I never came across any person who was rude and actually knew tons of people who in the constituency knew me through the work I already do.. So the feeling was high.



Then Theresa May decided a snap election would take place and the environment of friendliness changed people became disenchanted and fed up of elections, bear in mind all this happened within just a few weeks.  So it was now Unionist against Nationalist, The Prime Minister and her media bandwagon got going and Scotland again was the weaker nation in her and her cabinets eyes, how dare we want to go alone, get back in your place Scotland.


The mainstream media changed people's perceptions and from that point onwards it was a struggle.



The campaign was successful for our group overall but not for myself but I will continue to stick up for the town via my paisley.org.k website.



I wont be put off doing it in the future but they have to come up with a better way of randomising names, the best people for the job are being beaten if your surname ends with an alphabetically correct name. McGuire was near the bottom of the list and I could hardly see myself let alone anyone else.



I wish the new council administration all the very best and I am sure they will have the area at heart.

Monday, 26 June 2017

Slipping Through Fingers



If May’s Conservative party are the big losers from the General Election, then what are we to make then of the party who lost more seats, net, than the Tories and unlike the Tories lost votes and dropped points in the share of the vote.  They may have won their second General Election here in Scotland, and continued the winning run that goes back to the 2010 General Election, but the SNP have the look of a party in trouble and in several minds as to its direction of travel.

The media narrative blames the SNP’s ‘obsession’ with a second Independence referendum as being something that has turned voters away from the SNP.  I’ve said before that I don’t think that this policy in itself is a vote loser, that it is more the SNP’s interpretation of their “material change” and that the public’s interpretation of that policy is different, the public clearly do not see Scotland as being “ripped from the EU against our will” as the SNP clearly do.  However it is the SNP’s clear tying of the Independence issue to membership of the EU which has caused the ‘Indyref 2’ policy damage. What the SNP’s so called obsession with ‘Indyref 2’ has done is galvanise another group of voters that the SNP have alienated & disrespected, that group of voters who voted to keep Scotland within the UK, voters who are not SNP voters or bother with the fripparies of '55' twibbons or such like.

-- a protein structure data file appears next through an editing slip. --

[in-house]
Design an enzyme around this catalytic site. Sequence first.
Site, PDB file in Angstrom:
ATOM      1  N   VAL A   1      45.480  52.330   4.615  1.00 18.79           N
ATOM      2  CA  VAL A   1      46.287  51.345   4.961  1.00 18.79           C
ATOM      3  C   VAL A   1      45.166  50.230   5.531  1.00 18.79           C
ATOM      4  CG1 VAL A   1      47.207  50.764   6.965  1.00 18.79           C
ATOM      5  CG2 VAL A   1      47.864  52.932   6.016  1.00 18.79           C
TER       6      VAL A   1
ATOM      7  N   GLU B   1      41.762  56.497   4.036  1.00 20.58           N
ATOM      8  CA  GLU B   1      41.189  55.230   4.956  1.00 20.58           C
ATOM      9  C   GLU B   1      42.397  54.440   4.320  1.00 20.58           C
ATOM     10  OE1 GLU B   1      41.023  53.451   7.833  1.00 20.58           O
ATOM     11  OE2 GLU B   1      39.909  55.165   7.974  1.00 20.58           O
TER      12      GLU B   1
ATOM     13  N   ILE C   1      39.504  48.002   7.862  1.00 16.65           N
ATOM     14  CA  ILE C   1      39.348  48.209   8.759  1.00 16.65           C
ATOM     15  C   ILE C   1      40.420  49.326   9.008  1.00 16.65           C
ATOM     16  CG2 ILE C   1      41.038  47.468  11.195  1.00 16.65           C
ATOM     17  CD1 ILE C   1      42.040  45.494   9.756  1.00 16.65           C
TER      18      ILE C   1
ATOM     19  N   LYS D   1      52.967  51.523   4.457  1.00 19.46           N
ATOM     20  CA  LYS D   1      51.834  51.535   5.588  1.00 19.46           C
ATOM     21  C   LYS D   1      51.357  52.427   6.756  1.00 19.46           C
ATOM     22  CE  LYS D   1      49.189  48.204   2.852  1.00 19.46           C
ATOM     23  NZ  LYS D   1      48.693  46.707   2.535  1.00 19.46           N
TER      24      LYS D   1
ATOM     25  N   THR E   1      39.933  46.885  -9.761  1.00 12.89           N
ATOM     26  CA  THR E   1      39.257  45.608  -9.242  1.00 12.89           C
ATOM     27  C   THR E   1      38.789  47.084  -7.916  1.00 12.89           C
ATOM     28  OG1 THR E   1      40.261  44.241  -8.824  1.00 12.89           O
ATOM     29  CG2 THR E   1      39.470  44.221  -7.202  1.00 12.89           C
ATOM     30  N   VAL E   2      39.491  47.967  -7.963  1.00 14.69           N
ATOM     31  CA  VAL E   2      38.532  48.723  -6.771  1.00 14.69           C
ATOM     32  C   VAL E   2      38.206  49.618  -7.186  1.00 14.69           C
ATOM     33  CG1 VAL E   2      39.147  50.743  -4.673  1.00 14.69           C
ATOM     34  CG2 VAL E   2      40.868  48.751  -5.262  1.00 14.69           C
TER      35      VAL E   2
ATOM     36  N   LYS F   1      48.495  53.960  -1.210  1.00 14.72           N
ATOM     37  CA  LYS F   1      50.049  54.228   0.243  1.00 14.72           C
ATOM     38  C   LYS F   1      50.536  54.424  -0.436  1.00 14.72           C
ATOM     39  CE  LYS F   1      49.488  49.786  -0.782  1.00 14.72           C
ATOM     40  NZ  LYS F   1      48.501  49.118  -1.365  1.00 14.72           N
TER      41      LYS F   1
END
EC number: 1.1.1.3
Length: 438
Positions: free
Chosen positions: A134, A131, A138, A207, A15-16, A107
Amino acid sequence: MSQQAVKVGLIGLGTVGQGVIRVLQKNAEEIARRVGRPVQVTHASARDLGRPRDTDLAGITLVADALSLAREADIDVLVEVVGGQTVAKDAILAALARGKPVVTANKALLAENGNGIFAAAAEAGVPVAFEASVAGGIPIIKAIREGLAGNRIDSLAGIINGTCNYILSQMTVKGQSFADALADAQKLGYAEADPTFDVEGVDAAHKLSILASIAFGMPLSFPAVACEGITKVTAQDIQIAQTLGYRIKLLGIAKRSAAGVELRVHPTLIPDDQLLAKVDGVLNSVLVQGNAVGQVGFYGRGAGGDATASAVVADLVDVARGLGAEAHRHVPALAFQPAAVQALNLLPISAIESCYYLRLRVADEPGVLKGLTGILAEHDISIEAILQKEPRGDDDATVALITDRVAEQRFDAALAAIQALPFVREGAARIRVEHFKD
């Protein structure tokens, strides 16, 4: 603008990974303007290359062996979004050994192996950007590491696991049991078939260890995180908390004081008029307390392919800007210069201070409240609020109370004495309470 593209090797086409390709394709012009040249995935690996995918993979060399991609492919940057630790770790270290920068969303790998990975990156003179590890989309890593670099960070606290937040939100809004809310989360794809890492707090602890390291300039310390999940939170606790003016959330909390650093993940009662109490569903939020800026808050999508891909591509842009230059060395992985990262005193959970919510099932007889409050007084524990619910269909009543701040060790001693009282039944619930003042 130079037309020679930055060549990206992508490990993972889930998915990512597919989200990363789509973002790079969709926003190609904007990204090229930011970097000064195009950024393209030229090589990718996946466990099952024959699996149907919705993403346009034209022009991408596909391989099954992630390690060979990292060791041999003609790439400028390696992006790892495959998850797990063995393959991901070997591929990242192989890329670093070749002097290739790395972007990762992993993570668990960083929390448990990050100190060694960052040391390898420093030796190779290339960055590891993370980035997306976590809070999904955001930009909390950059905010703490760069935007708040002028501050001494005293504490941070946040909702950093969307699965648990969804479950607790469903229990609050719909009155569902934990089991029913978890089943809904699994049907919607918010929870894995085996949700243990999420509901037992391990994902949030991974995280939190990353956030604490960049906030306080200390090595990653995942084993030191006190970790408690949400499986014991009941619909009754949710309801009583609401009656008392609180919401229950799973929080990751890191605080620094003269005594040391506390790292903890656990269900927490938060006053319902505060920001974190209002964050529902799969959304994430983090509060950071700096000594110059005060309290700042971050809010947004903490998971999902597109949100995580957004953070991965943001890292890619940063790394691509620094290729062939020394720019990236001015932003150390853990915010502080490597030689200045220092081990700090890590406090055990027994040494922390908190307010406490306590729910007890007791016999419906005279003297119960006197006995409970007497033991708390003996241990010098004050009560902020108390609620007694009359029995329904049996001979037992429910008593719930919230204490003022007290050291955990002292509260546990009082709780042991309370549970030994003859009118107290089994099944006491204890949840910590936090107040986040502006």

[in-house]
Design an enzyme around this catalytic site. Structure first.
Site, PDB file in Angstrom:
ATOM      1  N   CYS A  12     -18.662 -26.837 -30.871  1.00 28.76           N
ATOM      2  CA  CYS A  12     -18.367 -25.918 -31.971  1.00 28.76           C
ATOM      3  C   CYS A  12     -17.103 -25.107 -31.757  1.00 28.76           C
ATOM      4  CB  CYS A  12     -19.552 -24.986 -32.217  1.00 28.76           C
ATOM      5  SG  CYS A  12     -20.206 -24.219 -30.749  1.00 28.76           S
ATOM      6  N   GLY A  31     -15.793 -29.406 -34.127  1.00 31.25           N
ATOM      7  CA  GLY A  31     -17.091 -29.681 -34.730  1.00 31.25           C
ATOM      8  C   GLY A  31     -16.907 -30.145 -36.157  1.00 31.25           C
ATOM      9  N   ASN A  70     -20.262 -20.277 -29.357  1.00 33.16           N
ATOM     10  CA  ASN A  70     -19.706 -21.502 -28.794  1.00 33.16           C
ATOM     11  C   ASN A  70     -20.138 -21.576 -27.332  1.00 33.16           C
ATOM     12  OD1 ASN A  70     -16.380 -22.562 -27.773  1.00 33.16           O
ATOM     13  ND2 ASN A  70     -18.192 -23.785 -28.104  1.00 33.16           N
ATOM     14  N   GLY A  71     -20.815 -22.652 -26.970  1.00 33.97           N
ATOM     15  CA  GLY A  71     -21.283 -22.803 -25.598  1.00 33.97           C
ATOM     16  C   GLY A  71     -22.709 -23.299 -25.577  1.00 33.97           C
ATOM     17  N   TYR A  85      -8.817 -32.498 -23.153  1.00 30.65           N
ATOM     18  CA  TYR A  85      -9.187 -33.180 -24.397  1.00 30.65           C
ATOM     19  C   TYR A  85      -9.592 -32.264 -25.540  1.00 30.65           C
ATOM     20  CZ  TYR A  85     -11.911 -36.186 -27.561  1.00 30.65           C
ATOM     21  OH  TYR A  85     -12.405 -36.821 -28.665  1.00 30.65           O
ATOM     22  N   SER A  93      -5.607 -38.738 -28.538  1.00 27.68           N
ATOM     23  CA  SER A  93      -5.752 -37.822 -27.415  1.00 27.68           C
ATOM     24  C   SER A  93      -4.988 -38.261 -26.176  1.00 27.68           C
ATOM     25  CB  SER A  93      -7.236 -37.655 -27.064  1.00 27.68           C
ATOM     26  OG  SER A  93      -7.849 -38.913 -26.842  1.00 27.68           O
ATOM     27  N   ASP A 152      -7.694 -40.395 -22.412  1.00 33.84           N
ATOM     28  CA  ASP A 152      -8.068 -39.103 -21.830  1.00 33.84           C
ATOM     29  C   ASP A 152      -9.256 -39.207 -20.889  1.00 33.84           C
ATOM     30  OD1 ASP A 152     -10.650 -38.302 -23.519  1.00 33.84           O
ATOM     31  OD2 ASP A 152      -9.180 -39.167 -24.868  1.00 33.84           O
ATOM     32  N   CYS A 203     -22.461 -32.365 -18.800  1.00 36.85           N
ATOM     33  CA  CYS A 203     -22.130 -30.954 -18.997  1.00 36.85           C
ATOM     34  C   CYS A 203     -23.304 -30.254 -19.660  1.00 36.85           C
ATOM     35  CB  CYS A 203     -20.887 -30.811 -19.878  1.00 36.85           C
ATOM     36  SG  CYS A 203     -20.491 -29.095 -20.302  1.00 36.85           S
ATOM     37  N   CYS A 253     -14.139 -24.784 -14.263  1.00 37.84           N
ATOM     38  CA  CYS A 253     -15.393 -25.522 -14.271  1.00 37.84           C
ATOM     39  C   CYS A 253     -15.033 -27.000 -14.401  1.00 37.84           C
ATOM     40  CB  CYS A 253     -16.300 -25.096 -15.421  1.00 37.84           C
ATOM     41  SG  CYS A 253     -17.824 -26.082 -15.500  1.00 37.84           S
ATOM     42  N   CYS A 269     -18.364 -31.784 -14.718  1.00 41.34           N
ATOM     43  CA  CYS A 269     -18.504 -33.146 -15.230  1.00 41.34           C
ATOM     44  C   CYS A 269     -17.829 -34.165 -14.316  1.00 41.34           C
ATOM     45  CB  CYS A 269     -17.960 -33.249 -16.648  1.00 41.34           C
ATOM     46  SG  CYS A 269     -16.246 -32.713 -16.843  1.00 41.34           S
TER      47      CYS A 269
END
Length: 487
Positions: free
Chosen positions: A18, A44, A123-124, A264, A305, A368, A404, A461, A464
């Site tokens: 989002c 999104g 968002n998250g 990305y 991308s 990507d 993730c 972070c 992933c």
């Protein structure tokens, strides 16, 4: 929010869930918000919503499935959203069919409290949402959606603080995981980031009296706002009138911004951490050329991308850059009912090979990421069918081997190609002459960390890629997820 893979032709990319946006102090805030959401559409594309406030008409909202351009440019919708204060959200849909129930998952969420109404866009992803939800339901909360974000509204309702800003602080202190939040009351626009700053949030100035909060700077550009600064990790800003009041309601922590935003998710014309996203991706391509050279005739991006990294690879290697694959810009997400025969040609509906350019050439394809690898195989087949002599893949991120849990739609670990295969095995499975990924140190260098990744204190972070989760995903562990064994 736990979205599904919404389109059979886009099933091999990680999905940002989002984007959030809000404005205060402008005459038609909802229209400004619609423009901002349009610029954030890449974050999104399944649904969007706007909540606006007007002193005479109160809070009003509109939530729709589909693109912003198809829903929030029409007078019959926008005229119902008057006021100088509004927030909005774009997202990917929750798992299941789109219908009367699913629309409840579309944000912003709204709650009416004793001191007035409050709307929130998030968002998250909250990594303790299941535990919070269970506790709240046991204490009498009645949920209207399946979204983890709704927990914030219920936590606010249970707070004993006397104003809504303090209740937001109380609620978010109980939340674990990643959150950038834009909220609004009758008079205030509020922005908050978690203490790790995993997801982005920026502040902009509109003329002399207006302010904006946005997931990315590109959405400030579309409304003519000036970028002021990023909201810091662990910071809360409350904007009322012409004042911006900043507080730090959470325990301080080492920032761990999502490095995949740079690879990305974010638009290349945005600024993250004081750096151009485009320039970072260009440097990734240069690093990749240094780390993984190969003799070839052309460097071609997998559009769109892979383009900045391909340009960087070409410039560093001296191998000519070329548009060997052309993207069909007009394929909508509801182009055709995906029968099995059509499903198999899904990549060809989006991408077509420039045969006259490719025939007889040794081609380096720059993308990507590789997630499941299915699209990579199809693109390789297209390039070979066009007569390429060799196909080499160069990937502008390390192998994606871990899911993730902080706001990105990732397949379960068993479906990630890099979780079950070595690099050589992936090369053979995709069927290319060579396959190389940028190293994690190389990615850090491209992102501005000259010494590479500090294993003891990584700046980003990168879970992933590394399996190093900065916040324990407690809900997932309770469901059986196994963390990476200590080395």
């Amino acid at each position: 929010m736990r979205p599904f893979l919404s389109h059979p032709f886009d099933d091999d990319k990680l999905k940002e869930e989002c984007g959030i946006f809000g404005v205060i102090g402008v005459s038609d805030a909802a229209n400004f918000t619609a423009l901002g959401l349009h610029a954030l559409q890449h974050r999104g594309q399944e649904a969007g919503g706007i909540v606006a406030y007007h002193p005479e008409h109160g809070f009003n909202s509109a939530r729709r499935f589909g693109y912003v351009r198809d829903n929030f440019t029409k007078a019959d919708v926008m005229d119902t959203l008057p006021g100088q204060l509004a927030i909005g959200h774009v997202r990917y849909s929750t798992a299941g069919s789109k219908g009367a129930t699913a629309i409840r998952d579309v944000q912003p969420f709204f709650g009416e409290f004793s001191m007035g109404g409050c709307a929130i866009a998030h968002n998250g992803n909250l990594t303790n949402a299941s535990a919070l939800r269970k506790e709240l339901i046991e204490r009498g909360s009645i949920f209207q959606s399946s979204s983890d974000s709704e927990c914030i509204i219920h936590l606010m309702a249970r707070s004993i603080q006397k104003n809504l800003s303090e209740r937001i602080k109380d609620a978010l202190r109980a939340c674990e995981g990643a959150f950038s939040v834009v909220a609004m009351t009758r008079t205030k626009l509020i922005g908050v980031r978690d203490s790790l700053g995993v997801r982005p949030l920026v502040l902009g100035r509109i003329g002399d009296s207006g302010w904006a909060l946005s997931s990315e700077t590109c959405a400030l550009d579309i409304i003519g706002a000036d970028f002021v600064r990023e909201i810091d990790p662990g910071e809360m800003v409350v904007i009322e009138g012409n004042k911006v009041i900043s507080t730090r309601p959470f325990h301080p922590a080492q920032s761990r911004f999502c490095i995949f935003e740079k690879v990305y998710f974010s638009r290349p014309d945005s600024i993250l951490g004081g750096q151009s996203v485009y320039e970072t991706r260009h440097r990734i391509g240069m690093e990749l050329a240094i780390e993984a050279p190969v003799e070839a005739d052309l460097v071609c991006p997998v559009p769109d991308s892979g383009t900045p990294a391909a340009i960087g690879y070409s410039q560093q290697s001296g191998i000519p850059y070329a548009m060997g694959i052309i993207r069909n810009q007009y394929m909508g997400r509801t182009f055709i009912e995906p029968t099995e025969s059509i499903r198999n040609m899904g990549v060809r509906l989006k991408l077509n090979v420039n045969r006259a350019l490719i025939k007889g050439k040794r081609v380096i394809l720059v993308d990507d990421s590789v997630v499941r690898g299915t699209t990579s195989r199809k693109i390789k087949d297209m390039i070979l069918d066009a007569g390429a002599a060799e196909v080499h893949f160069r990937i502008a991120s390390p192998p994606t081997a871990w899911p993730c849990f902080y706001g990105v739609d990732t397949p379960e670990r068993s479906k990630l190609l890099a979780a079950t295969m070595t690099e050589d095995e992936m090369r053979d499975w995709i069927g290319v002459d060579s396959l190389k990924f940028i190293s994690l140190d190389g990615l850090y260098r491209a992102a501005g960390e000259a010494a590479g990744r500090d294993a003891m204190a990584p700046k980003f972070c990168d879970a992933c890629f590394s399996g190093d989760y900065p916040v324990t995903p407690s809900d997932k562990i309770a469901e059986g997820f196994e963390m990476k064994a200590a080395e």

The hierarchy of the SNP seem to have not noticed that 36% of SNP voters voted to leave the EU last June as since Referendum Day, the SNP have pursued a dogmatic, narrow view of the result.  Dogmatic in the sense that they have dismissed the 1 million leave voters as xenophobes whilst presenting the 62% of Scottish remain voters as true progressives.  If we became wary rather quickly with “Strong and stable” then “Tory hard Brexit” seems to have stood a better test of time, unjustifiably so as it isn’t just the Tories who would like a “hard” Brexit. To quote Donald Tusk “there is no ‘soft Brexit’, there is only ‘hard’ Brexit or no Brexit”.

The problem then is what the SNP should do about their, apparently, troublesome policy.  The SNP, and in particular the First Minister, have in rushing to put Indyref 2 on the table in the aftermath of the EU referendum badly misjudged the mood of the Scottish people.  Even now, after the election, there are SNP figures saying that they should ‘park’ the issue until the Brexit negotiations have been completed, which is...  err...  the same timetable the Scottish voters have apparently taken a dislike of.  There is some polling evidence to suggest that Scottish voters would like to revisit the Independence question, but after divorce proceedings have taken place.